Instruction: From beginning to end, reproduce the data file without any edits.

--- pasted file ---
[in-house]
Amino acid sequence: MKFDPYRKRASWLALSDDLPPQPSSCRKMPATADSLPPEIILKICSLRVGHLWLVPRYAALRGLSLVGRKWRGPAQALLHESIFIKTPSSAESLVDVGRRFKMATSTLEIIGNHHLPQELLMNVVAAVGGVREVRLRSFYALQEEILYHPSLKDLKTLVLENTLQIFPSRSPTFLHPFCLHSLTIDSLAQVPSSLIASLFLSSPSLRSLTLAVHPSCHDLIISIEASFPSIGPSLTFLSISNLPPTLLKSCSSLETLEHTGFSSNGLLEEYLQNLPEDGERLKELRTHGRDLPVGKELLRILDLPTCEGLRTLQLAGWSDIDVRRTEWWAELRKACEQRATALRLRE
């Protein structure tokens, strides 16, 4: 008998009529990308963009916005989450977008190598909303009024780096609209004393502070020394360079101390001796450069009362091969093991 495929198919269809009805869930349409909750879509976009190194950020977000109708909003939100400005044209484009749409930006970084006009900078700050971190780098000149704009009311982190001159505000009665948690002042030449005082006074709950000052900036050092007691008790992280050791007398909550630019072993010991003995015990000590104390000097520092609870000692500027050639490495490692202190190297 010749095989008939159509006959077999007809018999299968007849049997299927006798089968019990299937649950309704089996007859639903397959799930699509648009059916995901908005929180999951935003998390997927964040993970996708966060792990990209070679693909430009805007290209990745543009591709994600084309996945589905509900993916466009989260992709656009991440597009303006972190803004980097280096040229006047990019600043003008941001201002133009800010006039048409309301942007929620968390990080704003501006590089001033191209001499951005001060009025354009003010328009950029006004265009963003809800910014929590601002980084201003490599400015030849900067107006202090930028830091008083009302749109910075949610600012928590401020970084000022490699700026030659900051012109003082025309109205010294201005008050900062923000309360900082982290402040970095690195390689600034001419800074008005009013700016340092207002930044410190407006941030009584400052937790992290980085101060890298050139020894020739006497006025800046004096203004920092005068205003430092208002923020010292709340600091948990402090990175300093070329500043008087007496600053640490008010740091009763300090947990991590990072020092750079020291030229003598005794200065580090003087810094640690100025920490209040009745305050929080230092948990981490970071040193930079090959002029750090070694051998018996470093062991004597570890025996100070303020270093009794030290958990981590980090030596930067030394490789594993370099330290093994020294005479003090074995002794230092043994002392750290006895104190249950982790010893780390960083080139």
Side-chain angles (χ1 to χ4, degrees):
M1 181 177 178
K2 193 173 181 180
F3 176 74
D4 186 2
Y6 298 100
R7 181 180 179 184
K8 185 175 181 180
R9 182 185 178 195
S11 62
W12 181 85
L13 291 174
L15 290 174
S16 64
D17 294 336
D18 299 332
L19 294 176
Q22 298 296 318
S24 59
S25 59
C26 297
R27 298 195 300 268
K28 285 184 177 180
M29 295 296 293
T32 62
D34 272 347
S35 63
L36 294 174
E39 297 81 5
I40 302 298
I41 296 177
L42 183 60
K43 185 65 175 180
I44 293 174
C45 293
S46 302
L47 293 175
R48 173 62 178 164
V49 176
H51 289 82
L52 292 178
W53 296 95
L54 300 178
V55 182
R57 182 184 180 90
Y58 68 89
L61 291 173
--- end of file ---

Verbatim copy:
[in-house]
Amino acid sequence: MKFDPYRKRASWLALSDDLPPQPSSCRKMPATADSLPPEIILKICSLRVGHLWLVPRYAALRGLSLVGRKWRGPAQALLHESIFIKTPSSAESLVDVGRRFKMATSTLEIIGNHHLPQELLMNVVAAVGGVREVRLRSFYALQEEILYHPSLKDLKTLVLENTLQIFPSRSPTFLHPFCLHSLTIDSLAQVPSSLIASLFLSSPSLRSLTLAVHPSCHDLIISIEASFPSIGPSLTFLSISNLPPTLLKSCSSLETLEHTGFSSNGLLEEYLQNLPEDGERLKELRTHGRDLPVGKELLRILDLPTCEGLRTLQLAGWSDIDVRRTEWWAELRKACEQRATALRLRE
């Protein structure tokens, strides 16, 4: 008998009529990308963009916005989450977008190598909303009024780096609209004393502070020394360079101390001796450069009362091969093991 495929198919269809009805869930349409909750879509976009190194950020977000109708909003939100400005044209484009749409930006970084006009900078700050971190780098000149704009009311982190001159505000009665948690002042030449005082006074709950000052900036050092007691008790992280050791007398909550630019072993010991003995015990000590104390000097520092609870000692500027050639490495490692202190190297 010749095989008939159509006959077999007809018999299968007849049997299927006798089968019990299937649950309704089996007859639903397959799930699509648009059916995901908005929180999951935003998390997927964040993970996708966060792990990209070679693909430009805007290209990745543009591709994600084309996945589905509900993916466009989260992709656009991440597009303006972190803004980097280096040229006047990019600043003008941001201002133009800010006039048409309301942007929620968390990080704003501006590089001033191209001499951005001060009025354009003010328009950029006004265009963003809800910014929590601002980084201003490599400015030849900067107006202090930028830091008083009302749109910075949610600012928590401020970084000022490699700026030659900051012109003082025309109205010294201005008050900062923000309360900082982290402040970095690195390689600034001419800074008005009013700016340092207002930044410190407006941030009584400052937790992290980085101060890298050139020894020739006497006025800046004096203004920092005068205003430092208002923020010292709340600091948990402090990175300093070329500043008087007496600053640490008010740091009763300090947990991590990072020092750079020291030229003598005794200065580090003087810094640690100025920490209040009745305050929080230092948990981490970071040193930079090959002029750090070694051998018996470093062991004597570890025996100070303020270093009794030290958990981590980090030596930067030394490789594993370099330290093994020294005479003090074995002794230092043994002392750290006895104190249950982790010893780390960083080139």
Side-chain angles (χ1 to χ4, degrees):
M1 181 177 178
K2 193 173 181 180
F3 176 74
D4 186 2
Y6 298 100
R7 181 180 179 184
K8 185 175 181 180
R9 182 185 178 195
S11 62
W12 181 85
L13 291 174
L15 290 174
S16 64
D17 294 336
D18 299 332
L19 294 176
Q22 298 296 318
S24 59
S25 59
C26 297
R27 298 195 300 268
K28 285 184 177 180
M29 295 296 293
T32 62
D34 272 347
S35 63
L36 294 174
E39 297 81 5
I40 302 298
I41 296 177
L42 183 60
K43 185 65 175 180
I44 293 174
C45 293
S46 302
L47 293 175
R48 173 62 178 164
V49 176
H51 289 82
L52 292 178
W53 296 95
L54 300 178
V55 182
R57 182 184 180 90
Y58 68 89
L61 291 173